What Has Changed in Michigan’s New No-fault Law?

If you’re a Michigan driver, it’s in your best interest to keep up with the changing laws concerning fault in road accidents. However, sometimes it can be challenging to stay up to date on these issues, especially when changes have recently occurred. This guide will help you break down this new legislation and help you decide whether you need an auto accident attorney.

Background

In late May of 2019, Senate Bill 1 was passed in the Michigan state legislature. This bill dramatically changed Michigan’s auto no-fault insurance legislation when Governor Whitmer signed this law into effect on May 30, 2019.

A couple of weeks afterwards, on June 11, 2019, the governor also signed House Bill 4397, meaning that the law is now in effect.

Here are some of the significant changes that will affect Michigan drivers for the foreseeable future.

Optional No-Fault PIP

Under this new law, drivers in Michigan will not be required to purchase unlimited no-fault Michigan PIP benefits. For auto users with insurance policies that are issued or renewed after July of 2020, drivers can choose to subscribe to the following no-fault benefit coverage levels:

  • $50,000 (only if a driver is enrolled in Medicaid)
  • $250,000
  • $500,00
  • No limit

Drivers who are enrolled in Medicare can “elect to not maintain coverage” for these no-fault PIP medical benefits if their auto insurance policies are issued or renewed after July of 2020.

Savings for Michigan insurance companies

The updated Michigan no-fault law lets insurers avoid reducing any of their premiums if they can demonstrate that the mandatory rate reductions the new law requires could make them risk having too little capital or could violate their Constitutional rights.

However, the profit margins of auto insurance companies are still not made clear to the public, and the passage of this new law has not improved transparency.

Savings for Michigan drivers

One of the reasons many citizens pushed for this bill is because they were enraged over high auto insurance costs. If your insurance policy is effective between July 2020 and July 2028, this new law promises:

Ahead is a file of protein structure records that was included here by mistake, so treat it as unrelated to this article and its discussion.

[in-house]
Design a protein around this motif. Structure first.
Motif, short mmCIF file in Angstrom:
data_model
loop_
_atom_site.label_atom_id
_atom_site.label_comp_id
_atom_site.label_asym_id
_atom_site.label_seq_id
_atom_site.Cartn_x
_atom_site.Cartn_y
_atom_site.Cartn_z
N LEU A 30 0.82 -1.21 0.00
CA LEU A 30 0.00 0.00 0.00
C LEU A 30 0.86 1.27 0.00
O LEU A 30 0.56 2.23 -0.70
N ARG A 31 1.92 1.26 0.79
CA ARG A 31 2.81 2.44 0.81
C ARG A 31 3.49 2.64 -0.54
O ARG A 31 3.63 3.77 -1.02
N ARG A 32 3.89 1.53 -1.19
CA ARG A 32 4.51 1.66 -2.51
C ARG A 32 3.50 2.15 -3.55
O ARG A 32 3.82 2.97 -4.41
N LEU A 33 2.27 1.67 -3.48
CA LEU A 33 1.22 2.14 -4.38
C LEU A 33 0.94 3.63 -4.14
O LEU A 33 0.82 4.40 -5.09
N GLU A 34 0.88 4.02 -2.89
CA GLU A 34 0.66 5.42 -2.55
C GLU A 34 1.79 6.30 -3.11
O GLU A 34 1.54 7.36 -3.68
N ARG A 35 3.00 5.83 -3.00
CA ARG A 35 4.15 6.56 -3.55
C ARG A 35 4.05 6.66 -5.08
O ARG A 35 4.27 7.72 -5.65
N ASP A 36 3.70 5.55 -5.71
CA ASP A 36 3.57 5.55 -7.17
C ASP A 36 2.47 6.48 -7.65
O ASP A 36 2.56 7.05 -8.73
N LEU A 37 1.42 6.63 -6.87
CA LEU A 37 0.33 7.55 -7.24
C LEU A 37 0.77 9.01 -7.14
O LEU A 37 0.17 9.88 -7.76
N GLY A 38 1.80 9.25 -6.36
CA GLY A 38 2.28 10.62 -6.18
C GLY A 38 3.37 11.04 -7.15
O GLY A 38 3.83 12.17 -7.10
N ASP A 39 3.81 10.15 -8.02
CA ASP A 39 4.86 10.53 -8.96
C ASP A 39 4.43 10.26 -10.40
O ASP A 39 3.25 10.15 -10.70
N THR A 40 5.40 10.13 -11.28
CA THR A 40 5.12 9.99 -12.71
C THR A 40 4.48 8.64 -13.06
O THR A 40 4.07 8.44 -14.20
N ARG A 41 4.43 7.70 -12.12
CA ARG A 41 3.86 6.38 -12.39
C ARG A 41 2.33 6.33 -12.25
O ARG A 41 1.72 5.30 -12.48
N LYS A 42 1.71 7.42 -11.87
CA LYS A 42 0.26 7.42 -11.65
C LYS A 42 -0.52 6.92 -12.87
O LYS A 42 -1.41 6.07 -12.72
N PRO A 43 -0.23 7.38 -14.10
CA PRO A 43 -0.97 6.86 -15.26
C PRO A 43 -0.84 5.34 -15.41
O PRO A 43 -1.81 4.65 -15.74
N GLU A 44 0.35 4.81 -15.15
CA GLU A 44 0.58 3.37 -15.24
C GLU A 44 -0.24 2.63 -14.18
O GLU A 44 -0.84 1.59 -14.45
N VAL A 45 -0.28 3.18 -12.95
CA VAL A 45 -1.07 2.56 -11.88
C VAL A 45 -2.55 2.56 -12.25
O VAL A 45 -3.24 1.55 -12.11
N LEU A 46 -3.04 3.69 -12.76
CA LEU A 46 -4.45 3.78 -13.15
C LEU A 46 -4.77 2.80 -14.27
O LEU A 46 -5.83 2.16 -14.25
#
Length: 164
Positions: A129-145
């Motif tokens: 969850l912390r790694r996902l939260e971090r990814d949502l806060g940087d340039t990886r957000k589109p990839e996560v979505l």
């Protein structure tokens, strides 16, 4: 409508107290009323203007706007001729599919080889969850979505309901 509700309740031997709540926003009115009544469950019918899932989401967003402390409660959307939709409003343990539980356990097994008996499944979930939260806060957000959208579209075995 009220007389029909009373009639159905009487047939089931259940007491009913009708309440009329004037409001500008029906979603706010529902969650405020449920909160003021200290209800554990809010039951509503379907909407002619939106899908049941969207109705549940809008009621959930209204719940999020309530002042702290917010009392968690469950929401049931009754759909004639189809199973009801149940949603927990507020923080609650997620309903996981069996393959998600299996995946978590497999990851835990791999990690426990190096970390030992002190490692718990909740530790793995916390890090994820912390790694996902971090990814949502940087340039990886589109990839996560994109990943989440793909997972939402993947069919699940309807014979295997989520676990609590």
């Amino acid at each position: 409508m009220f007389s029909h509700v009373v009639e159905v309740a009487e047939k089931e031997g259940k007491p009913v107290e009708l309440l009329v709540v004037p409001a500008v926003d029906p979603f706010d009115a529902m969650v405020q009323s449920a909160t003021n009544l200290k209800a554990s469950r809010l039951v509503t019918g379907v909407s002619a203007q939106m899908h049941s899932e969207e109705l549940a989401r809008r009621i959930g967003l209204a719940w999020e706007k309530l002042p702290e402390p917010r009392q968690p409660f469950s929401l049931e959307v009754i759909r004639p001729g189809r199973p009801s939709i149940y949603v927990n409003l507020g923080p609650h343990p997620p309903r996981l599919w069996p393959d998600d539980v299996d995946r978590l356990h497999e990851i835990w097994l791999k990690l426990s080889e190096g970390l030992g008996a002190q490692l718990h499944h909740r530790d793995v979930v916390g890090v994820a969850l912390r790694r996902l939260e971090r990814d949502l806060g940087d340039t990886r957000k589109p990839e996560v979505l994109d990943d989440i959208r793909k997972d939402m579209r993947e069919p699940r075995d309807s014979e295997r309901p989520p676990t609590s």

• 45 percent savings if you opt for the $50,000 cap on the no-fault PIP medical benefits
  • 35 percent savings if you choose the $250,000 cap
  • 20 percent savings if you choose the $500,000 cap
  • 10 percent savings if you choose to maintain the previously required “no limit” no-fault medical benefits

If you choose to opt out of these benefits packages entirely, there will be 100 percent savings on the no-fault PIP medical section of your auto insurance bill.

The PIP part of a Michigan driver’s auto insurance bill is approximately 35 to 44% of the total auto insurance premium amount. This means that it’s not unreasonable to make the claim that if you already find auto insurance to be too unaffordable for you, this new law may not help you as much as you would expect.

Premium rate factors

After the passage of this new legislation, auto insurance companies are not permitted to base the rates of auto insurance premiums on factors unrelated to driving such as marital status, sex, home ownership, level of education, address of the driver, occupation, and credit score.

This prohibition will go into effect in July of 2020.

Litigation for excess medical benefits

Under the new law, if you are injured in a car accident, you are allowed to sue for medical expenses that exceed the dollar amount of your no-fault PIP cap amount. This is a similar rule to one that many other states have enacted.

This option of a lawsuit to recoup funds for excess medical expenses goes into effect in July of 2020.

Final thoughts

There are many other aspects to this law, and the new rules it sets for drivers and insurers. If you have any pressing questions, talk to an auto accident attorney near you, and they will be happy to clear up any confusion you may have.

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